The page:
Remembering an important investment in memories.
A story of story-time
Grandpa was experiencing the mild trauma associated with his sixty-fifth birthday. Just a few days earlier, he overheard an employee at the local optical shop refer to him as “that old guy waiting over there.” It was not shocking, nor was he insulted. After all, it was true; nevertheless, the tinge of depression prompted a discussion with grandma. Together they reminisced about the “popcorn and story-telling” sessions with their grandchildren. When the grandchildren stayed over, the four of them would sit around the kitchen table after supper with a large bowl of popcorn and take turns telling scary stories.
Grandma always told the story of the old bloody woman in the garden. Often she made minor changes to conceal the fact that there was nothing new in the plot. Sometimes she would change the names of the story’s characters always resorting to the assignment of names rhyming with or otherwise easily identified as those of the grandchildren. The grandchildren were amused when recognizing their sometimes-whimsical names and delighted when the story line revealed the familiar ‘Old bloody woman’ plot. The building suspense of the old woman climbing the stairs, though often told, was accompanied with wide-eyed body clinching leading to squeals and laughter when “Gotcha!” ended the story.
Grandpa always started his stories by saying he didn’t know any stories, he could only tell of true events; this statement added an air of credibility to some outlandish piece of scary fiction he would spin in a matter-of-fact tone. The story usually ended with the implication that a horrific peril was at hand that humankind, including the grandchildren, could escape only by chance.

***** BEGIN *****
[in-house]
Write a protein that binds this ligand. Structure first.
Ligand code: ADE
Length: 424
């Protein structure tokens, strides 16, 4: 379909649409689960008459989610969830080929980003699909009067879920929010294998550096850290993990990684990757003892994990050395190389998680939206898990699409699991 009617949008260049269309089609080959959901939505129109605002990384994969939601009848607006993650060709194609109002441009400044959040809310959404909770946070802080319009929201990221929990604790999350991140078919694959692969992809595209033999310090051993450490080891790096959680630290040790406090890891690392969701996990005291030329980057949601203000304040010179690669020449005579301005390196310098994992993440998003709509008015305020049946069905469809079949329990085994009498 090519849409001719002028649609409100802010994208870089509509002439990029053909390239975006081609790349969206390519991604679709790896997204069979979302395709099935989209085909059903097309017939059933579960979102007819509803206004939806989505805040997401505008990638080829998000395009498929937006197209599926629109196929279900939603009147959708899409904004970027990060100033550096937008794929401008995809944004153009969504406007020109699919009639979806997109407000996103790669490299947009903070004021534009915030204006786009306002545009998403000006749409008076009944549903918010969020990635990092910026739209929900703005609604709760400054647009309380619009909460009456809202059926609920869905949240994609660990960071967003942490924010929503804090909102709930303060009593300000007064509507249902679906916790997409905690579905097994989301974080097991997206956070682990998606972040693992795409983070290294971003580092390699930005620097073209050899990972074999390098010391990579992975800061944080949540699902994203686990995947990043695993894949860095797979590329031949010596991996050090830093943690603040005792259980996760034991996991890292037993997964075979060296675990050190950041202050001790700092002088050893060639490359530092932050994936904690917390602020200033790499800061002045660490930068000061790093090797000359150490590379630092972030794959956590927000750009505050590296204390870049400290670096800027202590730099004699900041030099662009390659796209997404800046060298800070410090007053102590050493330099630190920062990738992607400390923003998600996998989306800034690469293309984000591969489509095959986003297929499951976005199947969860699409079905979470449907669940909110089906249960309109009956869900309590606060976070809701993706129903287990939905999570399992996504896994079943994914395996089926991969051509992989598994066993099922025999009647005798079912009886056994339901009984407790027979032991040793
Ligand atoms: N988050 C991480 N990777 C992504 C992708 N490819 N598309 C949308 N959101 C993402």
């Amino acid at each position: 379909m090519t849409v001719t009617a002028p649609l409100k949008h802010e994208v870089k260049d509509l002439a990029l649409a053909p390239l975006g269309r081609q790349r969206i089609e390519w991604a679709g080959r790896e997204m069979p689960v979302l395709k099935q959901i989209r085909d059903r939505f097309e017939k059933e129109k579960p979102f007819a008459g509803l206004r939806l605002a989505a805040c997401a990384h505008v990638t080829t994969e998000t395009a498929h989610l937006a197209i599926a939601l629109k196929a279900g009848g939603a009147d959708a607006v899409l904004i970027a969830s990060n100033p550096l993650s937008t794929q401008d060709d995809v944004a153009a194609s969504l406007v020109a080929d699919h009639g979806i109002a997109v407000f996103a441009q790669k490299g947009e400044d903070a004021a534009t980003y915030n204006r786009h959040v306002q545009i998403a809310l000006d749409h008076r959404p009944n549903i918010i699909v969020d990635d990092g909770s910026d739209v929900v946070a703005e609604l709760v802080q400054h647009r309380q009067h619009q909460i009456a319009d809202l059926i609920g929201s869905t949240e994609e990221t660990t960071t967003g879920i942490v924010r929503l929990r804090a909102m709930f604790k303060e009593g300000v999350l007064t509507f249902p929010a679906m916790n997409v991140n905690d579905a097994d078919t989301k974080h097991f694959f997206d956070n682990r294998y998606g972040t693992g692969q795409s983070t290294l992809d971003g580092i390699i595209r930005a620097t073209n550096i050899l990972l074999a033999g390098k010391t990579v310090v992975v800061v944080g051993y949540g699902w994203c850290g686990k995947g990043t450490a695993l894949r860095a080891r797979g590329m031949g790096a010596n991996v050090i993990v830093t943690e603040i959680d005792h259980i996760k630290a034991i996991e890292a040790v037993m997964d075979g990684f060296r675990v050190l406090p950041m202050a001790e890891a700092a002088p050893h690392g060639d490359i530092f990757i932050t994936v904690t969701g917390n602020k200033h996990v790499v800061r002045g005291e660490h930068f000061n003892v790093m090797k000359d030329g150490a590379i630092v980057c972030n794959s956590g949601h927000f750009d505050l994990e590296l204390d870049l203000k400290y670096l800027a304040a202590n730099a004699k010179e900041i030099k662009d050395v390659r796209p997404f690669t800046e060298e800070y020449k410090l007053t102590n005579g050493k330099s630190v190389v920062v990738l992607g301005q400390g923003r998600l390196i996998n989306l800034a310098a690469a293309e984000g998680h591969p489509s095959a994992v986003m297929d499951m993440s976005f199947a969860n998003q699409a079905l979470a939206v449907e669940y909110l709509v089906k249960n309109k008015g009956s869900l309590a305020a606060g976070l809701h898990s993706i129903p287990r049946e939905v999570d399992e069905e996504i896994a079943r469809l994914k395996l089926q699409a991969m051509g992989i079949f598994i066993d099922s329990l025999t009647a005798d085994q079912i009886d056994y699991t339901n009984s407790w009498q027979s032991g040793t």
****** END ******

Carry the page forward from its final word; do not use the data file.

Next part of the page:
At age eleven, granddaughter Paige had a rich imagination and could recite with ease fairytale-like stories that she composed on the spot. She often used enchanted objects as props to enrich the plot where the Princess got the Prince, Knight, or Rock Star and the scary villain was always crushed.
Grandson David was only six and when it was his turn he frequently had to be coaxed into telling a story. His stories commonly contained an element taken from a story told earlier. His stories were cutely disorganized, repeated “and uh” a lot, and ended only when he got tired. David was by far the best listener; he hung on every word and always asked for more.
The Grandchildren, now adults, probably will not remember the story-telling sessions with the same clarity as their grandparents. The grandparents will always treasure the comfort brought by the memories as their tenure as such approaches obsolescence and they reflect on the most pleasant moments in the story line of their lives. CP